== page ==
(Andrew C. Isenberg American Historical Review)

In providing such a rich story within a unique context, After the Gold Rush does for Putah Creek what John Mack Faragher did for Sugar Creek and similarly will stand as an insightful and model work for years to come.

(Labor History)

Vaught has written an informative and very readable narrative study.

(Ken Owens Agricultural History)

From the Back Cover

In After the Gold Rush, David Vaught examines the hard-luck miners-turned-farmers—the Pierces, Greenes, Montgomerys, Careys, and others—who after failing to hit pay dirt during California’s gold rush, struggled to make a living in wheat, livestock, and fruit along Putah Creek in the lower Sacramento Valley. They refused to admit a second failure, faced flood and drought, endured monumental disputes and confusion over land policy, and struggled to come to grips with the vagaries of local, national, and world markets.

Their dramatic story exposes the underside of the American dream and the haunting consequences of trying to strike it rich.

"An excellent history of farming in the Sacramento Valley in the late nineteenth century."— California History

"Vaught tells a riveting story of two generations of farmers who 'committed themselves not only to the market but to community life as well.' He argues that these twin commitments, born of their failures in the gold fields, were an essential part of the culture of American capitalism that emerged in the second half of the nineteenth century."— Business History Review

"A rich account of a rural world that has been overlooked by historians, and it is an important addition to recent work on rural life that has, to date, focused exclusively on the Midwest... very accessible to general and specialist readers alike."— Southern California Quarterly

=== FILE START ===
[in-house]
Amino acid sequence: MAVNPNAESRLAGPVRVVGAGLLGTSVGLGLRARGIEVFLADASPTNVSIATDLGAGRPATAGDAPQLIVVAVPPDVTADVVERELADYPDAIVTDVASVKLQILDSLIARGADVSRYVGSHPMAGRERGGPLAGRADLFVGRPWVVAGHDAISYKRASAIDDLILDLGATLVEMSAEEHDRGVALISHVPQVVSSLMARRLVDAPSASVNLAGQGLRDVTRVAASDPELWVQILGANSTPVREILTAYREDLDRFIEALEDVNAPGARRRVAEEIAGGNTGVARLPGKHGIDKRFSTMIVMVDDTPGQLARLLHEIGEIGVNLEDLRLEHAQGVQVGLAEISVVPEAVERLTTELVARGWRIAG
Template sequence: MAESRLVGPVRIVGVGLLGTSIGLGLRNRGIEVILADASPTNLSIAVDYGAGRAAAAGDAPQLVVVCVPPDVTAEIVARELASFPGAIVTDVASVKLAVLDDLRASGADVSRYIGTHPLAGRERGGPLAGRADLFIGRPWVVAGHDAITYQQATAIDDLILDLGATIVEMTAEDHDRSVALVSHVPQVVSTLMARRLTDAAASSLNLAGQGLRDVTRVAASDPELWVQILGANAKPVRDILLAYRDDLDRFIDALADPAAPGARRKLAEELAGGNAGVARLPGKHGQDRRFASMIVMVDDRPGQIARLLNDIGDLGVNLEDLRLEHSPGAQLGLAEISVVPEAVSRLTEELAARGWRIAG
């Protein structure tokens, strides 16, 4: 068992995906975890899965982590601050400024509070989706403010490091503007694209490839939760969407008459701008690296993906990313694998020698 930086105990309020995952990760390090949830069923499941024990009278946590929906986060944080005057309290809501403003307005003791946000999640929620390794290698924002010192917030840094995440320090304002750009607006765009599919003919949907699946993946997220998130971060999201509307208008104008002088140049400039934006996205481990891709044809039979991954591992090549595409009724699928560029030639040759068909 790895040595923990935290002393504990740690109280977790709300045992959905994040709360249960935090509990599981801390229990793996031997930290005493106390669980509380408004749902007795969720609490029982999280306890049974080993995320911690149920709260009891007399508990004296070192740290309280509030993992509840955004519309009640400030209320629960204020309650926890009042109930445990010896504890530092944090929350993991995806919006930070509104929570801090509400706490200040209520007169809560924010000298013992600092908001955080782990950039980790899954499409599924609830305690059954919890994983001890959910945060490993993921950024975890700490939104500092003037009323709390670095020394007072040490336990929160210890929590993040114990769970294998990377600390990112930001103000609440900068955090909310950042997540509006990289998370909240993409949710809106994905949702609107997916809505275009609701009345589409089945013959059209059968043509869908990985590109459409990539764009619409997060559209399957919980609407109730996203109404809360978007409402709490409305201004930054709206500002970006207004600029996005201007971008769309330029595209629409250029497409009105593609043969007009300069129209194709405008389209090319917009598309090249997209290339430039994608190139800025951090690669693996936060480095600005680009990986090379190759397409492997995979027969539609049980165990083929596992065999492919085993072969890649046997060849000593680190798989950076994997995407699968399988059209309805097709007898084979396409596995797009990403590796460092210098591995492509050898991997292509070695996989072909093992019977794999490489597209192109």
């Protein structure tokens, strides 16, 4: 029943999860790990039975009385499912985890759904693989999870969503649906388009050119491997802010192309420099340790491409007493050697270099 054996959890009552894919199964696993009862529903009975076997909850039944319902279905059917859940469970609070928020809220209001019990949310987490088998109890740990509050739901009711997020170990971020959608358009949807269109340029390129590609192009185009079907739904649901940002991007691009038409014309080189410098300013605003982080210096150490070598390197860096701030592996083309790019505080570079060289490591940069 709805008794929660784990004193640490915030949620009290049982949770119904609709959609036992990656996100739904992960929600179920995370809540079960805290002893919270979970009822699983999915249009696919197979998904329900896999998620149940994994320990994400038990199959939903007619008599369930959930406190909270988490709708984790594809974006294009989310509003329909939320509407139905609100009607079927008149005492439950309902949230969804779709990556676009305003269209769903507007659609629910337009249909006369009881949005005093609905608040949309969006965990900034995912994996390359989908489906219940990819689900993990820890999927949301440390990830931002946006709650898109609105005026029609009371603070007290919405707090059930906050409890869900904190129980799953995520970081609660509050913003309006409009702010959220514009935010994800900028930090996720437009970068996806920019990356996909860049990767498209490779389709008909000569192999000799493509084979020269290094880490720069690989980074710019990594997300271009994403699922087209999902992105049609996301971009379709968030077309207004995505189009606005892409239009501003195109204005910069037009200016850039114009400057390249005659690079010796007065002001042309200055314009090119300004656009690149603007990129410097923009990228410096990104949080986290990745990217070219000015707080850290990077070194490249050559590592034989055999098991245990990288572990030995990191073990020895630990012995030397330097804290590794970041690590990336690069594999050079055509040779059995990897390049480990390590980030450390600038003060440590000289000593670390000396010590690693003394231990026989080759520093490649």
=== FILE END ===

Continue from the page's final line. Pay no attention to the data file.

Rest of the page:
"Vaught set himself the goal of writing a 'new' rural history of California, examining the state's wheat farmers in their social and cultural contexts. In After the Gold Rush, he achieves his goal admirably."— Journal of American History

"An agricultural history that weaves together an unpredictable creek, a fluctuating market, and the perseverance of the American Dream."— Journal of Interdisciplinary History


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2 of 2 people found the following review helpful By Midwest Book Review on July 18, 2009
Format: Paperback
Written by Professor of History David Vaught, After the Gold Rush: Tarnished Dreams in the Sacramento Valley is the true accounting of what happened to the gold rush miners and prospectors who turned to farming in Sacramento Valley to make a living, after the gold rush petered out. These ex-miners toiled to raise wheat, livestock, and fruit despite floods, drought, severe disputes over a vague land policy, and the fluctuations of the market for their crops. A scholarly accounting that is nonetheless thoroughly accessible to anyone curious about the fallout of the gold rush, and a highly recommended addition to California history shelves.
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Format: Hardcover Verified Purchase
Surprisingly interesting economic history of early Yolo County settlers, exhaustively researched. A wealth of good stories about pioneers, interspersed at times with more legal detail than I might have liked.